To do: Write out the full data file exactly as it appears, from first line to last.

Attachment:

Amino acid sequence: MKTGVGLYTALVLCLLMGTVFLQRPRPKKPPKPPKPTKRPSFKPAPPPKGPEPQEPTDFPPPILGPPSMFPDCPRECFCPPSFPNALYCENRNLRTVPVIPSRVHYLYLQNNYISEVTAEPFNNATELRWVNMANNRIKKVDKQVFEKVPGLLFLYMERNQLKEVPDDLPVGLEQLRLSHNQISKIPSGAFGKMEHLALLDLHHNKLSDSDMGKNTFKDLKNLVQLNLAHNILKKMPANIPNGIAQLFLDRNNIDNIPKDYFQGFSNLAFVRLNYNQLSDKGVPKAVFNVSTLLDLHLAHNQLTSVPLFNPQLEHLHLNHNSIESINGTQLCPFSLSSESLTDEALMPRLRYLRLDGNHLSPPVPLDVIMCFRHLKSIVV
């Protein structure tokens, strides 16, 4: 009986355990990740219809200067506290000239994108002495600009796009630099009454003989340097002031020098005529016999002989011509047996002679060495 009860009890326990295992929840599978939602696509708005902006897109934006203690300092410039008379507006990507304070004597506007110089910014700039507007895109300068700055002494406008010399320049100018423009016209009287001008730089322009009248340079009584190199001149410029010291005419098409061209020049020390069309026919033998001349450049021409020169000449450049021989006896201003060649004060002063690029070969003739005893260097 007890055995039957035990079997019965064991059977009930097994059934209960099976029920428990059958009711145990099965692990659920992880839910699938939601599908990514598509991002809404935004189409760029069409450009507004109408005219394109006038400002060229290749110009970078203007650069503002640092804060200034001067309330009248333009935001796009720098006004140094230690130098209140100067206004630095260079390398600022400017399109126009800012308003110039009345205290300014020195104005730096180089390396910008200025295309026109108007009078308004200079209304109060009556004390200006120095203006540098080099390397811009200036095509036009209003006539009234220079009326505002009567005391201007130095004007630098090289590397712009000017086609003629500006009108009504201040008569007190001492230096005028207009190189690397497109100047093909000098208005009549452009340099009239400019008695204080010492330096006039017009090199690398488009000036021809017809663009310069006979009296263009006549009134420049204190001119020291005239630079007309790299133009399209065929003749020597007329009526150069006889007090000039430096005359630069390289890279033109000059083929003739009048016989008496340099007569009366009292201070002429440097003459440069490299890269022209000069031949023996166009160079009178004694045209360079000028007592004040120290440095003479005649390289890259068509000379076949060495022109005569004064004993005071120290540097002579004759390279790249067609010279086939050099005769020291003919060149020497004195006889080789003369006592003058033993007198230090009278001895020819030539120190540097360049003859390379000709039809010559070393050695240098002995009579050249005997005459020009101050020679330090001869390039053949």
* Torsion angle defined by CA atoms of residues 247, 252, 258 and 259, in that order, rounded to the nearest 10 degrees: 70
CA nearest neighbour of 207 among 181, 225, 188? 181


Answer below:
Amino acid sequence: MKTGVGLYTALVLCLLMGTVFLQRPRPKKPPKPPKPTKRPSFKPAPPPKGPEPQEPTDFPPPILGPPSMFPDCPRECFCPPSFPNALYCENRNLRTVPVIPSRVHYLYLQNNYISEVTAEPFNNATELRWVNMANNRIKKVDKQVFEKVPGLLFLYMERNQLKEVPDDLPVGLEQLRLSHNQISKIPSGAFGKMEHLALLDLHHNKLSDSDMGKNTFKDLKNLVQLNLAHNILKKMPANIPNGIAQLFLDRNNIDNIPKDYFQGFSNLAFVRLNYNQLSDKGVPKAVFNVSTLLDLHLAHNQLTSVPLFNPQLEHLHLNHNSIESINGTQLCPFSLSSESLTDEALMPRLRYLRLDGNHLSPPVPLDVIMCFRHLKSIVV
């Protein structure tokens, strides 16, 4: 009986355990990740219809200067506290000239994108002495600009796009630099009454003989340097002031020098005529016999002989011509047996002679060495 009860009890326990295992929840599978939602696509708005902006897109934006203690300092410039008379507006990507304070004597506007110089910014700039507007895109300068700055002494406008010399320049100018423009016209009287001008730089322009009248340079009584190199001149410029010291005419098409061209020049020390069309026919033998001349450049021409020169000449450049021989006896201003060649004060002063690029070969003739005893260097 007890055995039957035990079997019965064991059977009930097994059934209960099976029920428990059958009711145990099965692990659920992880839910699938939601599908990514598509991002809404935004189409760029069409450009507004109408005219394109006038400002060229290749110009970078203007650069503002640092804060200034001067309330009248333009935001796009720098006004140094230690130098209140100067206004630095260079390398600022400017399109126009800012308003110039009345205290300014020195104005730096180089390396910008200025295309026109108007009078308004200079209304109060009556004390200006120095203006540098080099390397811009200036095509036009209003006539009234220079009326505002009567005391201007130095004007630098090289590397712009000017086609003629500006009108009504201040008569007190001492230096005028207009190189690397497109100047093909000098208005009549452009340099009239400019008695204080010492330096006039017009090199690398488009000036021809017809663009310069006979009296263009006549009134420049204190001119020291005239630079007309790299133009399209065929003749020597007329009526150069006889007090000039430096005359630069390289890279033109000059083929003739009048016989008496340099007569009366009292201070002429440097003459440069490299890269022209000069031949023996166009160079009178004694045209360079000028007592004040120290440095003479005649390289890259068509000379076949060495022109005569004064004993005071120290540097002579004759390279790249067609010279086939050099005769020291003919060149020497004195006889080789003369006592003058033993007198230090009278001895020819030539120190540097360049003859390379000709039809010559070393050695240098002995009579050249005997005459020009101050020679330090001869390039053949």
* Torsion angle defined by CA atoms of residues 247, 252, 258 and 259, in that order, rounded to the nearest 10 degrees: 70
CA nearest neighbour of 207 among 181, 225, 188? 181